New specialised institutions are NPMs that have been established with the sole aim of fulfilling a state’s obligations under the OPCAT. In contrast with most other NPMs, new specialised institutions are not part of other oversight or monitoring bodies and do not have other major roles or powers beyond those set out in the OPCAT.
In common with other independent oversight bodies, such as national human rights institutions, new specialised institutions often have one or more members who are elected or appointed by the legislative or executive branch of government for a fixed term or terms (see question 2 below).
In accordance with Article 18 of the OPCAT, which includes a reference to the Paris Principles on the Status of Independent Institutions, new specialised institutions are institutionally, operationally, and personally independent of those institutions they are mandated to oversee.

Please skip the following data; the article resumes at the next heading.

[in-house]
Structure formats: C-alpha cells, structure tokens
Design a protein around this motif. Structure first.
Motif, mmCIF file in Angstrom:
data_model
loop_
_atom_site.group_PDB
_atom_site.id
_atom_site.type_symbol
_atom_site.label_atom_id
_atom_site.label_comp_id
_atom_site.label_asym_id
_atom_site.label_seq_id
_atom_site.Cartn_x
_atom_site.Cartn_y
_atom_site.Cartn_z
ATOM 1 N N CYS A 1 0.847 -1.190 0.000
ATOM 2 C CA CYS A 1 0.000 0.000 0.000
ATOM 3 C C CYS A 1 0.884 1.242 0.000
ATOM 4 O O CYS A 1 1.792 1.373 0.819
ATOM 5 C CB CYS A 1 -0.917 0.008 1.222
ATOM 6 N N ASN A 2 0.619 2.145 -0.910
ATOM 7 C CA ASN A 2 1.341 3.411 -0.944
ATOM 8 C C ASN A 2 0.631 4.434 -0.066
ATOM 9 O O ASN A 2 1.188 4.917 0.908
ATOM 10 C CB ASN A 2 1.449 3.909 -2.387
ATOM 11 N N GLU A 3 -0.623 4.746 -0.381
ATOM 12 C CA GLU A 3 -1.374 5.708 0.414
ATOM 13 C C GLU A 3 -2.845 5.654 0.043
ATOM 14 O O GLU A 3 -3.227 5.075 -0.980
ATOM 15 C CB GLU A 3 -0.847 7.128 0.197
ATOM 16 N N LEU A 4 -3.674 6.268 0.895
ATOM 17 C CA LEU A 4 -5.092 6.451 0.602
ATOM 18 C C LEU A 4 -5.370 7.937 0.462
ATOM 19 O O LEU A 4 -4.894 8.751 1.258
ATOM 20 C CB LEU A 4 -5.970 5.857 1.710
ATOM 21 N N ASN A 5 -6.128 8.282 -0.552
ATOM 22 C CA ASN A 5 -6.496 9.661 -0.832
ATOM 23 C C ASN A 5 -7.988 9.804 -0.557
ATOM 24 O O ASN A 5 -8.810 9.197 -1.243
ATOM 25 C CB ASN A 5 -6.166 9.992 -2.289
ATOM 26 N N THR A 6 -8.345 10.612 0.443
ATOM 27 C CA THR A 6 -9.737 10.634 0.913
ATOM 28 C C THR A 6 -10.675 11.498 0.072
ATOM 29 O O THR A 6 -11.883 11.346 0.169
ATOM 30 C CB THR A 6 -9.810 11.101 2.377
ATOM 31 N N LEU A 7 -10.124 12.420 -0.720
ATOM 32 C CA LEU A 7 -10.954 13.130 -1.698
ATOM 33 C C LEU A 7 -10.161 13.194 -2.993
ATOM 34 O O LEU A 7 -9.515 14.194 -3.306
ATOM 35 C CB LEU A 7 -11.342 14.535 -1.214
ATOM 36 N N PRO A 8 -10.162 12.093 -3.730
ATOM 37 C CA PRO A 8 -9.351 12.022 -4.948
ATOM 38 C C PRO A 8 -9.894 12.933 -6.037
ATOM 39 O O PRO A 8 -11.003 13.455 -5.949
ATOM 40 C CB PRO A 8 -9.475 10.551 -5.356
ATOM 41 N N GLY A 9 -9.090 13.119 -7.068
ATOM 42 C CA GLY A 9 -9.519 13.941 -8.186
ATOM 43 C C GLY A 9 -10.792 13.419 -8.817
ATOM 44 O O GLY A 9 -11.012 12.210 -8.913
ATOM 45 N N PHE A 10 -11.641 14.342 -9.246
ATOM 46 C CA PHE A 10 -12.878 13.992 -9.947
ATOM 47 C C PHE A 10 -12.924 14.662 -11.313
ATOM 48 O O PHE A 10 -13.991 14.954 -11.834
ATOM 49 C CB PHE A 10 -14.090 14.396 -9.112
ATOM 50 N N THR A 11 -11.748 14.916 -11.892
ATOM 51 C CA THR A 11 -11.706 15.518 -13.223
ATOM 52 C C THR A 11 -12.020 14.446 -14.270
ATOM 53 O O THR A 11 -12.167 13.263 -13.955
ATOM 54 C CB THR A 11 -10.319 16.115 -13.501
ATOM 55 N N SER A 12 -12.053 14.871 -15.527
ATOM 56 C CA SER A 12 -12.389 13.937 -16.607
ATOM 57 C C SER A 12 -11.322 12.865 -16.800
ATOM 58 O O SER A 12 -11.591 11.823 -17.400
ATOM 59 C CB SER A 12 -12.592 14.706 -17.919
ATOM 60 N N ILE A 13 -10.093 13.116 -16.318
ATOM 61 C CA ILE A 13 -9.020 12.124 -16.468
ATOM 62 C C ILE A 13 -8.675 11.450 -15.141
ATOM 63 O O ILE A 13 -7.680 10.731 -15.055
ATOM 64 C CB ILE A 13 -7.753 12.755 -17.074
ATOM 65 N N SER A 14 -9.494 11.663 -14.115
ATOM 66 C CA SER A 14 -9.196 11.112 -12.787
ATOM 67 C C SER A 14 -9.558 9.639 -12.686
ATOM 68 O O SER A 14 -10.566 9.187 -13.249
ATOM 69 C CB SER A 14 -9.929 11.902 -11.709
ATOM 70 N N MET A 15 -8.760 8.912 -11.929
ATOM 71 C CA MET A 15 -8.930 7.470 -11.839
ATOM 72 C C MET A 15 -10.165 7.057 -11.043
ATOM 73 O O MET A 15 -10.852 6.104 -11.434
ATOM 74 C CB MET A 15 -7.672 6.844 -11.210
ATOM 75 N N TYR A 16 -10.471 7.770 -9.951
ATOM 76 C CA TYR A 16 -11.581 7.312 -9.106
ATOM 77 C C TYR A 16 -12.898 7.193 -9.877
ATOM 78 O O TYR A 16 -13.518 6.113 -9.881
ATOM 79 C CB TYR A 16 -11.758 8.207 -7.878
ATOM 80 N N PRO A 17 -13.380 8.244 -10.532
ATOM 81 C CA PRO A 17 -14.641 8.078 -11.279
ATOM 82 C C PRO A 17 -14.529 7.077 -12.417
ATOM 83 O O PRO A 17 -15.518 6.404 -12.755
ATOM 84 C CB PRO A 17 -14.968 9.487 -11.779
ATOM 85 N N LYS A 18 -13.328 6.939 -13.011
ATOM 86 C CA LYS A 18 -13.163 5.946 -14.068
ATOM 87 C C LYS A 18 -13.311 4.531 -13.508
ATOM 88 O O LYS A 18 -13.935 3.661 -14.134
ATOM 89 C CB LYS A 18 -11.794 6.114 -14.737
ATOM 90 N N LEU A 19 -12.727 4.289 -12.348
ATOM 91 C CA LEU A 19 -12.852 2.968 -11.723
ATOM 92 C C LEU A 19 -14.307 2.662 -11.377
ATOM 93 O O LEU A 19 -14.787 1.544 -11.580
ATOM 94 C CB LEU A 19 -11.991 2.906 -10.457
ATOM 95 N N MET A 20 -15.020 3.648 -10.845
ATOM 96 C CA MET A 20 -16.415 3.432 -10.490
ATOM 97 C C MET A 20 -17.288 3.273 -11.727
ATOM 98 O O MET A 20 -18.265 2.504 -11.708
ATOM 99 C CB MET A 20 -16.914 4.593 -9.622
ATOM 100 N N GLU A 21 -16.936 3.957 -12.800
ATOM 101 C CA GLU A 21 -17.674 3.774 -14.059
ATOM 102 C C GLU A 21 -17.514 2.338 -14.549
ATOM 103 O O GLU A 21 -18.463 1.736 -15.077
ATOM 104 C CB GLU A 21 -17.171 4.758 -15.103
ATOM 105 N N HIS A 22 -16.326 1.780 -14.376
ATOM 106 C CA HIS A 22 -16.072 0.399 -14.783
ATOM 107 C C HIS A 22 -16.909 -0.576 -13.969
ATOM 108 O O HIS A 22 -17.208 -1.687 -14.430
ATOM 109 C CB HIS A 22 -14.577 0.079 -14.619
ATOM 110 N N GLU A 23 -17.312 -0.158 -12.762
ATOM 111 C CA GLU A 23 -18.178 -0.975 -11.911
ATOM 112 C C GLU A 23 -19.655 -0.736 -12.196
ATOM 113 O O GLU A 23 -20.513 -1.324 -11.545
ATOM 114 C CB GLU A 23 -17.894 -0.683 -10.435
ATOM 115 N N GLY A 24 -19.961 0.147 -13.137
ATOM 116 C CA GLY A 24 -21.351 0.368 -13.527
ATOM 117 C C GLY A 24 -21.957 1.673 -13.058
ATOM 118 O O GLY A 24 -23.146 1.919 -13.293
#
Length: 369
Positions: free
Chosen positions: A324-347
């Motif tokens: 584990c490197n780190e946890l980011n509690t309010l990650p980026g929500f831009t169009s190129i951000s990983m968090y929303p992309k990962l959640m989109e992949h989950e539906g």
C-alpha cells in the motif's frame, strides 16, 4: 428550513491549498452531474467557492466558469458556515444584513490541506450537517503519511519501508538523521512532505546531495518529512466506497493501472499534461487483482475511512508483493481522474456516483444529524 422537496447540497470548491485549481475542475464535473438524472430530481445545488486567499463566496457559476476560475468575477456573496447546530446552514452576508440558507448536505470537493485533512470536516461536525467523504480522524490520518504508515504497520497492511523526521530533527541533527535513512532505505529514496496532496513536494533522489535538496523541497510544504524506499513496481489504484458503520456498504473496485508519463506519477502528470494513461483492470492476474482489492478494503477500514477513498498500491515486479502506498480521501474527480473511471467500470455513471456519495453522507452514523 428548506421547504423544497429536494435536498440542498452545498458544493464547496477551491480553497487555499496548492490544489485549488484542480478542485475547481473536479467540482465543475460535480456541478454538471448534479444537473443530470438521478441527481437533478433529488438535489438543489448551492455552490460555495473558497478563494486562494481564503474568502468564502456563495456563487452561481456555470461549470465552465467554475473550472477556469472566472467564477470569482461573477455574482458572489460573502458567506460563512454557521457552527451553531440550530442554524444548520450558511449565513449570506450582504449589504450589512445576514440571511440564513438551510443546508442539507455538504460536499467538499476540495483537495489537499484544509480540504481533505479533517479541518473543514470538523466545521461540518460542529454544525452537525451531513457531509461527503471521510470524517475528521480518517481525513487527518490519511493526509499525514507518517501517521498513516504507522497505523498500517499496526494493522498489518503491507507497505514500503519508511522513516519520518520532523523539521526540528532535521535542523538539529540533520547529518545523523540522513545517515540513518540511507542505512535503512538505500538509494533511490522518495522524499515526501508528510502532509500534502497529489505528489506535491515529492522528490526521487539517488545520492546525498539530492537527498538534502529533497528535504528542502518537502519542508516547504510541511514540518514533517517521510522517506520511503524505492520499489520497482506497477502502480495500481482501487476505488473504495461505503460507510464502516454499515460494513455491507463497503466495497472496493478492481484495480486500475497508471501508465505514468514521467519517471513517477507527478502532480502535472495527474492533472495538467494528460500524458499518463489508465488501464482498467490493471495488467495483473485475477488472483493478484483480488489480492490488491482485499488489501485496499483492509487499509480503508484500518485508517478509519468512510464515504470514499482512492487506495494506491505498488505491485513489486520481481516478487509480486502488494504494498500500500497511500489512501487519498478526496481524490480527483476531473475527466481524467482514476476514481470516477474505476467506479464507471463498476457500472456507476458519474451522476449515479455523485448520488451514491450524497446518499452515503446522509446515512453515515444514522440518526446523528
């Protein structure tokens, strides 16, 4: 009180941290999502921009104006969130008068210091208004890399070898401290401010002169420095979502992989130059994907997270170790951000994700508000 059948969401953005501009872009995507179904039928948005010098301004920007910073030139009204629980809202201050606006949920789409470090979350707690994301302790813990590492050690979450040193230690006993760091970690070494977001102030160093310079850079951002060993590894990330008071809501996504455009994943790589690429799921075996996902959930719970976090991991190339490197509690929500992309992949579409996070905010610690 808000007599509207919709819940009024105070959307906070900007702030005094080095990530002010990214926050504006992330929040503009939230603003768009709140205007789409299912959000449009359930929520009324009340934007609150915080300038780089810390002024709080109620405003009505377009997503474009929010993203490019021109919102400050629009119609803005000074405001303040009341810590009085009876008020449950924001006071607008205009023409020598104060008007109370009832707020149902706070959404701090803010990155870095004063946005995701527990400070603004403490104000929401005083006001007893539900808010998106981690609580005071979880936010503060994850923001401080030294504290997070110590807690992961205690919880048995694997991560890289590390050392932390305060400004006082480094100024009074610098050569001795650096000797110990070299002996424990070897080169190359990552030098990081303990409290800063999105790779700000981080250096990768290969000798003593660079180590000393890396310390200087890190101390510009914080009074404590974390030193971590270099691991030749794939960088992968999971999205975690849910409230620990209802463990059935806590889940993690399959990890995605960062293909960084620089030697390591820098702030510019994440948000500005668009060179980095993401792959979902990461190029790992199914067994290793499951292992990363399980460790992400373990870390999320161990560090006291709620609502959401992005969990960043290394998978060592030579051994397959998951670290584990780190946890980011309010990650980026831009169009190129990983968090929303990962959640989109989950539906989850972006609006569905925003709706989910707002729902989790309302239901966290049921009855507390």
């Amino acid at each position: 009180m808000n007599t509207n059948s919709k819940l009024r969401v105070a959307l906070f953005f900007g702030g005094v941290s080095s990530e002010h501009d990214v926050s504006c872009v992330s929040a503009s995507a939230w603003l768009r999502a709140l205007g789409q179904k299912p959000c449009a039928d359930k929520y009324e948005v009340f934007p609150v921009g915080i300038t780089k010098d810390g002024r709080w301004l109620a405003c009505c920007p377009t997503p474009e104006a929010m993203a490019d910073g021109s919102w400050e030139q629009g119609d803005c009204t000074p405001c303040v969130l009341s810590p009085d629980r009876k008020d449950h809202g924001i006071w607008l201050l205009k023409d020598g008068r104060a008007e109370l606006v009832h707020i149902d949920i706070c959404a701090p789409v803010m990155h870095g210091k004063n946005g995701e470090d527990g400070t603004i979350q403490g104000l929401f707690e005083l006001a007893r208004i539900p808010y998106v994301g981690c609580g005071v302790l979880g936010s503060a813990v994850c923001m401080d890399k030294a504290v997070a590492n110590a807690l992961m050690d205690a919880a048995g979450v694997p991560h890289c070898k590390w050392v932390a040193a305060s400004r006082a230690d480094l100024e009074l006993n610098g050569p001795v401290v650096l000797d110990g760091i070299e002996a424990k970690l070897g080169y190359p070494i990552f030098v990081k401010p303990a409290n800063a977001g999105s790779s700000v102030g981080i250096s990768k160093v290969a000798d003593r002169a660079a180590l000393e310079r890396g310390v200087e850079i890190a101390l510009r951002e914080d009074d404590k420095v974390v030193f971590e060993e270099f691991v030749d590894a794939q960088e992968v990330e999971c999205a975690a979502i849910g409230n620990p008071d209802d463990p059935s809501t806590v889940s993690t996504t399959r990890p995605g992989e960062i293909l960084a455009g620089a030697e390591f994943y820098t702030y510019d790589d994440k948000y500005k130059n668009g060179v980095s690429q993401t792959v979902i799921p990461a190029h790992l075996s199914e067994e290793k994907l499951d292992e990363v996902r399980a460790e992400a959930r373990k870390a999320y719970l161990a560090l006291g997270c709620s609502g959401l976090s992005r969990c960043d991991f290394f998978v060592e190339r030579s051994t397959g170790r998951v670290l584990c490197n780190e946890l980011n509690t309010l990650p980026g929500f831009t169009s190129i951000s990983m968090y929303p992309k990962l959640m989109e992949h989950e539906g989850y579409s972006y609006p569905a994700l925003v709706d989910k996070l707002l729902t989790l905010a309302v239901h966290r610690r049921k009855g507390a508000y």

In common with other independent oversight bodies, however, new speclialised institutions are also accountable to the public, usually through parliament. The founding legislation for such institutions should thus include provisions on issues such as when and how members can be removed from office, including in cases of serious misconduct or wrongdoing.